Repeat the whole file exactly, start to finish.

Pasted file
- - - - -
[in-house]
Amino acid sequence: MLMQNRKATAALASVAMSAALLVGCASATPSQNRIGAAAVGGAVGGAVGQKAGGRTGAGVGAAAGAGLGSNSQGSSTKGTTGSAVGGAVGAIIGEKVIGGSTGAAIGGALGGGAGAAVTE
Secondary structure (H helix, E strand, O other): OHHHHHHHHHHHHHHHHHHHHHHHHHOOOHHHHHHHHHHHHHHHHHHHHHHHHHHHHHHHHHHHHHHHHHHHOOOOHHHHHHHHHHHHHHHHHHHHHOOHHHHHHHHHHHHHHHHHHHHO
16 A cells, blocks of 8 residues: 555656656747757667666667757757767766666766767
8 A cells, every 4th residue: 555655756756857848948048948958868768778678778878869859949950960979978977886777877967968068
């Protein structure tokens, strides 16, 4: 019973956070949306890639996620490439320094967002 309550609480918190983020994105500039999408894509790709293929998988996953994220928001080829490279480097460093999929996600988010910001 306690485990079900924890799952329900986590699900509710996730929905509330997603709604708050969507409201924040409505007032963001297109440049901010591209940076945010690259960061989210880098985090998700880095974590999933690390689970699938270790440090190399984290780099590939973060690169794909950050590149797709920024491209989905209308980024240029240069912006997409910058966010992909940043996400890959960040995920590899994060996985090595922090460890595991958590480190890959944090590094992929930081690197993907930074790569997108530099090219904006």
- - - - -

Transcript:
[in-house]
Amino acid sequence: MLMQNRKATAALASVAMSAALLVGCASATPSQNRIGAAAVGGAVGGAVGQKAGGRTGAGVGAAAGAGLGSNSQGSSTKGTTGSAVGGAVGAIIGEKVIGGSTGAAIGGALGGGAGAAVTE
Secondary structure (H helix, E strand, O other): OHHHHHHHHHHHHHHHHHHHHHHHHHOOOHHHHHHHHHHHHHHHHHHHHHHHHHHHHHHHHHHHHHHHHHHHOOOOHHHHHHHHHHHHHHHHHHHHHOOHHHHHHHHHHHHHHHHHHHHO
16 A cells, blocks of 8 residues: 555656656747757667666667757757767766666766767
8 A cells, every 4th residue: 555655756756857848948048948958868768778678778878869859949950960979978977886777877967968068
């Protein structure tokens, strides 16, 4: 019973956070949306890639996620490439320094967002 309550609480918190983020994105500039999408894509790709293929998988996953994220928001080829490279480097460093999929996600988010910001 306690485990079900924890799952329900986590699900509710996730929905509330997603709604708050969507409201924040409505007032963001297109440049901010591209940076945010690259960061989210880098985090998700880095974590999933690390689970699938270790440090190399984290780099590939973060690169794909950050590149797709920024491209989905209308980024240029240069912006997409910058966010992909940043996400890959960040995920590899994060996985090595922090460890595991958590480190890959944090590094992929930081690197993907930074790569997108530099090219904006």